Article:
Editorial: It’s Complicated

A few years ago, my son’s kindergarten teacher sent home a message about Valentine’s Day, celebrated here in the States each February 14. For their class party, each student could each bring a set number of cards or treats–one for each classmate. They could sign their own name, but they weren’t supposed to put a specific recipient’s name on each card. Each Valentine would be handed out by the teacher at random.

Dear reader, I was appalled.

Picking out who’d receive each card, with their brightly colored cartoon characters and perforated edges, was half the fun of Valentine’s Day! And the other half was seeing which ones your classmates picked out specifically for you! How many hours had I spent through my own elementary school years sorting out who to give the “best” cards to so that my best friend who loved cats would know that I thought she was “PURR-FECT” and the one who liked Star Wars would know that “Yoda greatest!”? Which cards were banal enough to give to those kids that I didn’t get along so well with? (You know, the ones that just said, “Happy Valentine’s Day.”) And, most importantly, which card to give to that one special person, which, if they read it really carefully might give them a hint that I liked them but was vague enough that I could deny it if necessary?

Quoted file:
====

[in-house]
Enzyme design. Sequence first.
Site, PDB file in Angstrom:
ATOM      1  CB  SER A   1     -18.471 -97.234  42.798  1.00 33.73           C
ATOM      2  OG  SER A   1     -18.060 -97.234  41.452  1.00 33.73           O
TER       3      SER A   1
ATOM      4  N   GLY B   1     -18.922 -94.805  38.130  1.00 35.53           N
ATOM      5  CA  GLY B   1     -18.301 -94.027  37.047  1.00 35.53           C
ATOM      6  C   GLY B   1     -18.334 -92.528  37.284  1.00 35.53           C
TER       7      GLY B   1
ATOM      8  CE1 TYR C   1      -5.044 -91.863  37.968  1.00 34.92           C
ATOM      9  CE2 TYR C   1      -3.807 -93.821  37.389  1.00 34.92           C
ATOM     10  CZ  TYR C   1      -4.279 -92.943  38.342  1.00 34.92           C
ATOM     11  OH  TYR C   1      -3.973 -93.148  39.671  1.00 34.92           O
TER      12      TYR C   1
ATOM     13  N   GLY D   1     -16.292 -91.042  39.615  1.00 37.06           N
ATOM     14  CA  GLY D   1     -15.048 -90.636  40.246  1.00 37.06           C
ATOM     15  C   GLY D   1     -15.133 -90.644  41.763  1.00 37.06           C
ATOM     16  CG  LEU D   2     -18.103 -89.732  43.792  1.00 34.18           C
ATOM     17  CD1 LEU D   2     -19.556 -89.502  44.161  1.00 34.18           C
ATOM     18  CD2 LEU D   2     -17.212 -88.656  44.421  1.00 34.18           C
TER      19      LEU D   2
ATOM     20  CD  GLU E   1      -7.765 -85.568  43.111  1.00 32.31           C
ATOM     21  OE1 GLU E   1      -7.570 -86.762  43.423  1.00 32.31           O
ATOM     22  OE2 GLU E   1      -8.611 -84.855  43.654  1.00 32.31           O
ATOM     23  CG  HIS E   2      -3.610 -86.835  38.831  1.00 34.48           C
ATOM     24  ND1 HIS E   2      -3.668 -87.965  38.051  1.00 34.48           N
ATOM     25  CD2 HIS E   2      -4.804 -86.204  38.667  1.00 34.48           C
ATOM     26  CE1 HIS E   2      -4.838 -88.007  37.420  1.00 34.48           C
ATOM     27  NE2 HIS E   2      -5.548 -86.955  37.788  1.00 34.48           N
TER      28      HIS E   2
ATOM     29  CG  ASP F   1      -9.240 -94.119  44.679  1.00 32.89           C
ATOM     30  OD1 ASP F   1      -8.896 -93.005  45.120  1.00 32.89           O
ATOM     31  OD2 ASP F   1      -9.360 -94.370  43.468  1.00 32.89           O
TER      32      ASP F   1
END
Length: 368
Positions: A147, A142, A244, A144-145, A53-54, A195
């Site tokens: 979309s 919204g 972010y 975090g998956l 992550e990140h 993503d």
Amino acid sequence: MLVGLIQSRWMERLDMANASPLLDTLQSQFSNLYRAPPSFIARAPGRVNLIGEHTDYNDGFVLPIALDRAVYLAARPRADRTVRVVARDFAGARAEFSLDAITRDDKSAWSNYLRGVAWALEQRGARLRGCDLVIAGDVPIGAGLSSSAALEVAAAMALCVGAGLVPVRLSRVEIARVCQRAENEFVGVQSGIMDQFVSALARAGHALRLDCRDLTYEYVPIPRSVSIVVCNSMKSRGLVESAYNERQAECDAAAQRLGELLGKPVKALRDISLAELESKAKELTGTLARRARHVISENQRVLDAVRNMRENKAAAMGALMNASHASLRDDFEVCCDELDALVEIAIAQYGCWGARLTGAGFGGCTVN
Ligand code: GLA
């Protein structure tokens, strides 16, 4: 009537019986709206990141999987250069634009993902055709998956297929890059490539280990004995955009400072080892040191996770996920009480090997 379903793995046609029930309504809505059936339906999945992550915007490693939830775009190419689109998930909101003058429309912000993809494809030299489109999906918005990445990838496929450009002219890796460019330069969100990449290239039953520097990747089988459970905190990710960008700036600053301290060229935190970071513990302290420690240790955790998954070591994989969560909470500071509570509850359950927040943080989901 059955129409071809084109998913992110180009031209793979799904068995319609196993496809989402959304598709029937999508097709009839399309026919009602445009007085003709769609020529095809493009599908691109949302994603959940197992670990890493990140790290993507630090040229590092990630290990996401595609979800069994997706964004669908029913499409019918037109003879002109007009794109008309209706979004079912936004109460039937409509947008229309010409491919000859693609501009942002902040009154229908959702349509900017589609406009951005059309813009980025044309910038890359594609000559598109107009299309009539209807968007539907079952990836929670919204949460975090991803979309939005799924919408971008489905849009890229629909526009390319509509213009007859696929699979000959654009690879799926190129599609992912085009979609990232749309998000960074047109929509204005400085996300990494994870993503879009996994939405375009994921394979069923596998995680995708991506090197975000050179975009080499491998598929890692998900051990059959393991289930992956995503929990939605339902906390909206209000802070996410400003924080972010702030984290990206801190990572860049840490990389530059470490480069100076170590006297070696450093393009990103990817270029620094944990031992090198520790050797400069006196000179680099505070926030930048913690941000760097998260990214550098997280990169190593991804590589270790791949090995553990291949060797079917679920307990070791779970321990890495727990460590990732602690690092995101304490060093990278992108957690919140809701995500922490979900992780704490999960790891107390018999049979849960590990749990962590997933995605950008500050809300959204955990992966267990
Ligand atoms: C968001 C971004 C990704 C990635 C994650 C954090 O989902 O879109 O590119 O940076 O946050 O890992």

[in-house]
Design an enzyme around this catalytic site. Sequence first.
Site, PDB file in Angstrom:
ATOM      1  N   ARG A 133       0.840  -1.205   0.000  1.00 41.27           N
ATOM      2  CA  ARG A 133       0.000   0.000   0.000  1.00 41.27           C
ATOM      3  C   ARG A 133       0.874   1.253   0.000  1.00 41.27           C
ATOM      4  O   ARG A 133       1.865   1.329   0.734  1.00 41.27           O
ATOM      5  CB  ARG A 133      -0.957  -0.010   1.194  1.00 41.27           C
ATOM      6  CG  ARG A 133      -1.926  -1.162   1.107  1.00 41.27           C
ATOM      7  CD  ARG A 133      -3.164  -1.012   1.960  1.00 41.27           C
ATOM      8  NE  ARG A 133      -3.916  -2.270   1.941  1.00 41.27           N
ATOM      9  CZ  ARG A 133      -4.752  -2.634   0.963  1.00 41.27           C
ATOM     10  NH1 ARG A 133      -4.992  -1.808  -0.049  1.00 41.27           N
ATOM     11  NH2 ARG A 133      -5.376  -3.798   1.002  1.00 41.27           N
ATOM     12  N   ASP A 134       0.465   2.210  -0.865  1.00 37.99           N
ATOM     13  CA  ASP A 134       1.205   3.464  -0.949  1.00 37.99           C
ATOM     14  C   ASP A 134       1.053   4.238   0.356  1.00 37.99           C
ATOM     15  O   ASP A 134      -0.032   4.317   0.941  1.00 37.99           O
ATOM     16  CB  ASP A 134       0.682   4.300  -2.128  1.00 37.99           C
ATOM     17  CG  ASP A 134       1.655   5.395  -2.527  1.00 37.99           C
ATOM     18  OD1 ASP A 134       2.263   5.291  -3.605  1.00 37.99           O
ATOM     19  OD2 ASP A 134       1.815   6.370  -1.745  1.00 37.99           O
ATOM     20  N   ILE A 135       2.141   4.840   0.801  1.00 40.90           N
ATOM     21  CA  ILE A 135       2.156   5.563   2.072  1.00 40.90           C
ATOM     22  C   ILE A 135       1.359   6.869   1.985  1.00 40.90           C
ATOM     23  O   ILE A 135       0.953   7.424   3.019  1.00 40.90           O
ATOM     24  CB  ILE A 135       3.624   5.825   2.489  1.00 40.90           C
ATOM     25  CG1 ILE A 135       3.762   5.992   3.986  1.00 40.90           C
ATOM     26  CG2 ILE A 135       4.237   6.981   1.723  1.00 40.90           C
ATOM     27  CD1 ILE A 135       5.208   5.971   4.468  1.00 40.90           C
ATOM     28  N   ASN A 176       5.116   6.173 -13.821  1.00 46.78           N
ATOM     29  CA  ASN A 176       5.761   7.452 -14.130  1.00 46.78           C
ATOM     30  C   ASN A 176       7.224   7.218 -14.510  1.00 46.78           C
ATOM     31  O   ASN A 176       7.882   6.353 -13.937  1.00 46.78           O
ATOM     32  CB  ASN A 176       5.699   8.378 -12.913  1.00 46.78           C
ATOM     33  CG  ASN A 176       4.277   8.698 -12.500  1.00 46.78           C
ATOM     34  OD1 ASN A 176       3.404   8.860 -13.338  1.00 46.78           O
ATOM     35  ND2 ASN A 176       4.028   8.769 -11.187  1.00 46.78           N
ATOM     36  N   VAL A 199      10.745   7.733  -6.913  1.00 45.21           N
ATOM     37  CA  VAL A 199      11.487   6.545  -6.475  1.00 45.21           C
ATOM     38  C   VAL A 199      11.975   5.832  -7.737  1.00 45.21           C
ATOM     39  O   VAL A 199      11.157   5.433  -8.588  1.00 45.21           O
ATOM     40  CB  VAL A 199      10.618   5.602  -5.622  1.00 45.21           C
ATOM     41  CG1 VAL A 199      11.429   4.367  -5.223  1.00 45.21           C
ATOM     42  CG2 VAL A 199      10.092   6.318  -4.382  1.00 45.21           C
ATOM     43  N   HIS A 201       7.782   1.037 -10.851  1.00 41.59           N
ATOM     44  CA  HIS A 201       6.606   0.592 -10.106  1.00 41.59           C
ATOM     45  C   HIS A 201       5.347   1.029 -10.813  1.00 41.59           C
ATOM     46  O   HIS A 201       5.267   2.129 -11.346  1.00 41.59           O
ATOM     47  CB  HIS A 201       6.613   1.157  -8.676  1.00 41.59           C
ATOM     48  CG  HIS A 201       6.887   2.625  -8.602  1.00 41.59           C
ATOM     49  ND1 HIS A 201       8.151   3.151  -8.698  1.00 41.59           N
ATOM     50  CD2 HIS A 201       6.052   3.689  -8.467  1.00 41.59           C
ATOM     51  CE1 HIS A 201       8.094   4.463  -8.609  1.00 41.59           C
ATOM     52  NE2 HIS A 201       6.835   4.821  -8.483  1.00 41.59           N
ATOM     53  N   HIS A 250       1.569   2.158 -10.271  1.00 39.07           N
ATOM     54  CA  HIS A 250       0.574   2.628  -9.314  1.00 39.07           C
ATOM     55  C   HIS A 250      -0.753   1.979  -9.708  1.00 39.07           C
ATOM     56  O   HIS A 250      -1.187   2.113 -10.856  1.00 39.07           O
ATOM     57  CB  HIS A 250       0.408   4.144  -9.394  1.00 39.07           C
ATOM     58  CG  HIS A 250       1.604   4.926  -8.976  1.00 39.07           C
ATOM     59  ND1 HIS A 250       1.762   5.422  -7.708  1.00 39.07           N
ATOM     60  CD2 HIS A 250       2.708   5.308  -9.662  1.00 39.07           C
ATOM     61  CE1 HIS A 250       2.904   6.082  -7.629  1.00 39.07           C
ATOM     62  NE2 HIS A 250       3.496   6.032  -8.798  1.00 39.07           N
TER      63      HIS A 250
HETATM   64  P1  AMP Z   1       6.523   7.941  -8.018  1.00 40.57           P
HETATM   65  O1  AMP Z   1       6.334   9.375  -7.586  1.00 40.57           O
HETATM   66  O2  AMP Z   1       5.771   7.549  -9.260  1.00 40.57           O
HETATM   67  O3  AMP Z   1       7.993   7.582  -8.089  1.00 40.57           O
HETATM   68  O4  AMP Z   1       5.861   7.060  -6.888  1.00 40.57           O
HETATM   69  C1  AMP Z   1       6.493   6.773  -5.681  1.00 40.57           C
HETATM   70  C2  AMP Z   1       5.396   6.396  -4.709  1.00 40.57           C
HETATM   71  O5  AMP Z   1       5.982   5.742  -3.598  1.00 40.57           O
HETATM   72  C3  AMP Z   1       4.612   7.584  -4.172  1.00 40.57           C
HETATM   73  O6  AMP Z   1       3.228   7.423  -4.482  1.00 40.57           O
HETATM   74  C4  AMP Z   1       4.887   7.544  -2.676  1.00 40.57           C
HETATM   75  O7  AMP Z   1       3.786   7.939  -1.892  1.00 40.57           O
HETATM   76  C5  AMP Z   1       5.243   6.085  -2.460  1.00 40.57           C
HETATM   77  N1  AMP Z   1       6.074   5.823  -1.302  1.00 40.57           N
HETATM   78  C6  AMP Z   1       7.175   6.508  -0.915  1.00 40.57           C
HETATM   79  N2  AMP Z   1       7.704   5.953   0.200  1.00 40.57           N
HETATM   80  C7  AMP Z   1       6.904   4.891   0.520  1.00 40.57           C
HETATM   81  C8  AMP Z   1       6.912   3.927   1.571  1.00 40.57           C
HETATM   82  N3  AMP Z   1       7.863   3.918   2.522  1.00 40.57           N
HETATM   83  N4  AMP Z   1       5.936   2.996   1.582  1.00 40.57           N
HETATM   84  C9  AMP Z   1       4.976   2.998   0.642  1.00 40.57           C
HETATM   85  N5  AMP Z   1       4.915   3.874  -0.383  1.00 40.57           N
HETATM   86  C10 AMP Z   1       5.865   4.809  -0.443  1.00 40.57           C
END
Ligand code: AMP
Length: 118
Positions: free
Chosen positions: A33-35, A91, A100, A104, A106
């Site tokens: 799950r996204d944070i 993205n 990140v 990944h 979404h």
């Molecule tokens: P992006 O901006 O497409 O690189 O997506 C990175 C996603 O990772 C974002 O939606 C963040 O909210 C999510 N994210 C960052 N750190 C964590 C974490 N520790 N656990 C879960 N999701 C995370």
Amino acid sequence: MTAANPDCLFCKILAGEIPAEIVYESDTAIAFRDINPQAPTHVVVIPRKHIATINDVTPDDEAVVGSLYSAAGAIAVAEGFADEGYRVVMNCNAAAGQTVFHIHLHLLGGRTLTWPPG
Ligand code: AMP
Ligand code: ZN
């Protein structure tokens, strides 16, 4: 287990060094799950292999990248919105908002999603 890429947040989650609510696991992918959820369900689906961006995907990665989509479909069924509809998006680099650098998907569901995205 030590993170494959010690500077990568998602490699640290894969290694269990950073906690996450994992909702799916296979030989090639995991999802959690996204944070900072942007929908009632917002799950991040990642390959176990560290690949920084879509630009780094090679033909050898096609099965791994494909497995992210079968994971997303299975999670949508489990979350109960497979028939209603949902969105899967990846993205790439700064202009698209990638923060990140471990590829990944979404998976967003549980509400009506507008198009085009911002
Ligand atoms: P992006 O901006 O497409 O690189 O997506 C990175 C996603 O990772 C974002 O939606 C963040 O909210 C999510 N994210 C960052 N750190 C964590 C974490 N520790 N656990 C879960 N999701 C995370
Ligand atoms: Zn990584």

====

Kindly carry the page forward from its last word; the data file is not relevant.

You can’t just hand out Valentines at random!

People–and our relationships with them–are far more complicated than that.

Our issue this month is all about those complicated relationships. Those people you can’t just hand a random Valentine’s Day card to. The ones that defy being put into a box of candy-hearts, where no Hallmark card is going to be a good fit. The ones that keep us up at night and make us cry tears of joy mixed with sorrow. The ones that stick with us. That linger.

“The Vanishing Bride” by William Jones tells about an ex who just can’t seem to let go–a situation complicated all the more by the fact that he’s a powerful sorcerer.

In “Vixen” by Hannah Whiteoak, a new, fledgling relationship is complicated by a lingering past one.

“Sunflowers” by Maura Yzmore introduces us to a friendship full of bittersweet compassion.

And this month’s reprint story, “A Silhouette Against Armageddon” by John Wiswell, pulls us deep into the earth, to witness a relationship that extends beyond the grave.